Halloween is the time of year when people dress as something other than what they are. It’s only a few days away and you probably want to keep all eyes on you and impress everyone at the Halloween Virtual Party you’re planning to attend. But wait a second, is your costume appropriate?
Cultural appropriation is when someone, usually of a privileged socioeconomic background, borrows elements from oppressed groups who have been historically marginalized. One of the groups whose culture is often appropriated during Halloween is Native Americans. Appropriators are — intentionally or unwittingly — contributing to the oppression Native people face daily throughout the country.
Dressing up like another racial group for Halloween is just wrong. It’s especially wrong to dress up like a Native American considering the mass genocide of Indigenous Americans during the time of the United States’ founding and considering that Native Americans, according to NPR, continue to experience discrimination on an exceptionally high level.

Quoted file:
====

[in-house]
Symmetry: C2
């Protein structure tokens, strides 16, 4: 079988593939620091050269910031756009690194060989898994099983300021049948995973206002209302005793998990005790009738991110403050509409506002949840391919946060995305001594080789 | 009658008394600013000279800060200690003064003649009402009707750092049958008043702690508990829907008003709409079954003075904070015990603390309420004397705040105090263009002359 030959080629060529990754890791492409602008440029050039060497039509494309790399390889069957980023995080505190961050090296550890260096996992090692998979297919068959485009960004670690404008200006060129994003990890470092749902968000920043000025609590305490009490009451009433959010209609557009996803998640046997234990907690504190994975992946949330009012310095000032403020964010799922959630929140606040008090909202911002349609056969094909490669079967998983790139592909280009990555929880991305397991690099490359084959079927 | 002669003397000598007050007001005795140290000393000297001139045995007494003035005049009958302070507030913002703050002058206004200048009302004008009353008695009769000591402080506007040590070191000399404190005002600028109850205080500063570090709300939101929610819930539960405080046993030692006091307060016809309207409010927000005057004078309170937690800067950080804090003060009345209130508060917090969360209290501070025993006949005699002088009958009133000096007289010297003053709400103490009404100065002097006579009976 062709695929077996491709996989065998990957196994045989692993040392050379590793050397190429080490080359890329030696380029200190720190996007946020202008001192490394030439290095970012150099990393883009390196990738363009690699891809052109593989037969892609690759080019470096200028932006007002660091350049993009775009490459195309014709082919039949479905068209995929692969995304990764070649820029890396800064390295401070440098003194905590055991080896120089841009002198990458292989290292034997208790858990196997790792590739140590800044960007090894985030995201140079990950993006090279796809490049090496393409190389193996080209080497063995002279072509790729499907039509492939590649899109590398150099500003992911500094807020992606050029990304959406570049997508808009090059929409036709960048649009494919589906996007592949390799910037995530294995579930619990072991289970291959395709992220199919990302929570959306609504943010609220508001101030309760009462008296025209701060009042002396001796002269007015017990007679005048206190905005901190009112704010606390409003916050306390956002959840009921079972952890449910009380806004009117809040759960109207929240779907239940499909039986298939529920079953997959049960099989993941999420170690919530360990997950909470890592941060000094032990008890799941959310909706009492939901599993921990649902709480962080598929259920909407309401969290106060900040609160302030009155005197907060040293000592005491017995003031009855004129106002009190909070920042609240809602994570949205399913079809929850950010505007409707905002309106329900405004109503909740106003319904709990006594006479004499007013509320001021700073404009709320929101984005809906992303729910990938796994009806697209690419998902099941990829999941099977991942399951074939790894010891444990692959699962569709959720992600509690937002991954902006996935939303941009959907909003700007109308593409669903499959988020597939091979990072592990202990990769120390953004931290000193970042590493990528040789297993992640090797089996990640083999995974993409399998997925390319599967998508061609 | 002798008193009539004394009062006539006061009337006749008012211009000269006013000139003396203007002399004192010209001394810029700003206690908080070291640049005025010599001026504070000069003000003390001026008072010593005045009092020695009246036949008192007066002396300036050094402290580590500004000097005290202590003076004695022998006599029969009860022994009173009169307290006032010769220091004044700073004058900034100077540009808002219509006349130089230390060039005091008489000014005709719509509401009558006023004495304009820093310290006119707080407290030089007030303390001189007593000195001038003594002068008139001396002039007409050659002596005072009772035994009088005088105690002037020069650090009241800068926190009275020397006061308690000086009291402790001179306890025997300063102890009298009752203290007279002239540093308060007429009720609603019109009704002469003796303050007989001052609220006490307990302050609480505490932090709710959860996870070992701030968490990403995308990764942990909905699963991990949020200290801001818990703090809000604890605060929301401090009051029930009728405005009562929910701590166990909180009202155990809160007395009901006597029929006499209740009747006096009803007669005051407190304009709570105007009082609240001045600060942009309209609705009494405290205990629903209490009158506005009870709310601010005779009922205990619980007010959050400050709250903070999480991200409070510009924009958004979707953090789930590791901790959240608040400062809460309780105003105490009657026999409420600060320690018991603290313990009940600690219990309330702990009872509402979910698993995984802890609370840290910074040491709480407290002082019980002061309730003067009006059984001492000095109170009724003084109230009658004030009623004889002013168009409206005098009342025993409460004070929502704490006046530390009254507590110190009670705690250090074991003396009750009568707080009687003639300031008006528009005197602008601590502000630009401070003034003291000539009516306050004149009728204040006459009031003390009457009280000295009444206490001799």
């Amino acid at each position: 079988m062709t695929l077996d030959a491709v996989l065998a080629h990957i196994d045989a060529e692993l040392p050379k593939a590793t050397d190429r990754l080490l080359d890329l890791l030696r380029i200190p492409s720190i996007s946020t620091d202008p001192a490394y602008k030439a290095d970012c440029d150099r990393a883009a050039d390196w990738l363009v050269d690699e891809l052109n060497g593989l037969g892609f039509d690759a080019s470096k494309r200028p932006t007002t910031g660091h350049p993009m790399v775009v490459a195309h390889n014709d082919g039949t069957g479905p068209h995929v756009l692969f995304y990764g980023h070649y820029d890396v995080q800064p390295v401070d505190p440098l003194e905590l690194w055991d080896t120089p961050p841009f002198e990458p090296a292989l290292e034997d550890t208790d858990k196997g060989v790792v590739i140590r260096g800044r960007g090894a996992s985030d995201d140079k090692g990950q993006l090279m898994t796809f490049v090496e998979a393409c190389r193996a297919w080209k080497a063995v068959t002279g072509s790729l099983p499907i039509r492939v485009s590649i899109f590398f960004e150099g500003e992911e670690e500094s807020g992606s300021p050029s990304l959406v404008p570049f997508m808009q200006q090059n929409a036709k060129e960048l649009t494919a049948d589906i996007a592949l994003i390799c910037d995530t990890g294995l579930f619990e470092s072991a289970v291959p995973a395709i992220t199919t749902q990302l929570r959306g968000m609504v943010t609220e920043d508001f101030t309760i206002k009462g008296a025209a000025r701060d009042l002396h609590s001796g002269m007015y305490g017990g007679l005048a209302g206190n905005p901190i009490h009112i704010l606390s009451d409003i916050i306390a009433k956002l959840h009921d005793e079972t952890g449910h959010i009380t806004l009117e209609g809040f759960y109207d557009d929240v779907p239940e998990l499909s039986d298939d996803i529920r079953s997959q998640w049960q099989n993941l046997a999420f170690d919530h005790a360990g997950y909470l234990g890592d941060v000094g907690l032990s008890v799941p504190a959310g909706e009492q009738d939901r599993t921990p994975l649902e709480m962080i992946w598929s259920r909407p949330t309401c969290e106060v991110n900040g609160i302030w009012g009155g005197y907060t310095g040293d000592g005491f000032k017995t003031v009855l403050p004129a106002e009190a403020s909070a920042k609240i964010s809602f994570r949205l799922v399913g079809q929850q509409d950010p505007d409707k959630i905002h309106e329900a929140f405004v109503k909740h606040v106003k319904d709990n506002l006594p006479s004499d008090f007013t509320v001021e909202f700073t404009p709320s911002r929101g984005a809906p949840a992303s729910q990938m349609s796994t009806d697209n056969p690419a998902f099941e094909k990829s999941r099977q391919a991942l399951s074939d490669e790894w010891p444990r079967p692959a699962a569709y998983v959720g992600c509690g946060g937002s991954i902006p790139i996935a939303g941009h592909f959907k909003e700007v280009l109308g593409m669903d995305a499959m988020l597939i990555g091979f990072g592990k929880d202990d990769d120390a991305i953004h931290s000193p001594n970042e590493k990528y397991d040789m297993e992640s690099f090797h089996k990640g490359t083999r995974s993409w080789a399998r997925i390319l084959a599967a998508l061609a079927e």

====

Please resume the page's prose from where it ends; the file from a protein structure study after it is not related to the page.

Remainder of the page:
The games below were all developed with the tribes featured and teach Native American history. Here is an interesting fact for you, though. When we piloted these games at schools with predominantly Native American students, the students liked them a lot and their math scores went up. However, a frequent request was games with a more contemporary story line. So, we developed Forgotten Trail based on Ojibwe history and AzTech: The story begins , with contemporary characters learning Mayan history. Native American Heritage Month is in November so we’ll have a lot more to say about this topic in the next few weeks. Stay tuned.
If you really want to honor Native Americans, then you should learn about their culture.
Check out our educational video games that teach math in a history setting such as Ojibwe (Chippewa) history and more.
Recommended Grades 4-6
History: Ojibwe (Chippewa) History, Plains Indians
In Fish Lake, players practice with Fractions while learning math problem-solving strategies. They’ll also be introduced to Native American history. Watch out for poisonous snakes! Canoe through the rapids. Find enough food for your village’s survival. Figure out “what’s fair.” Who knew you could get this excited about fractions? Recommended for grades 4 and up.
Math: Multiplication and Division
History: Dakota (Sioux) History, Plains Native Americans
Learn Multiplication and Division from a 3-D Adventure Game set in Native American History.
In Spirit Lake: The Game, players learn how to solve multiplication, division and geometry through word problems set in the context of a stories based on the history and culture of the Dakota people. Save your tribe from attacks and a spreading epidemic by solving math problems while escaping rabid wolves and hunting buffalo. Math has never been this fun!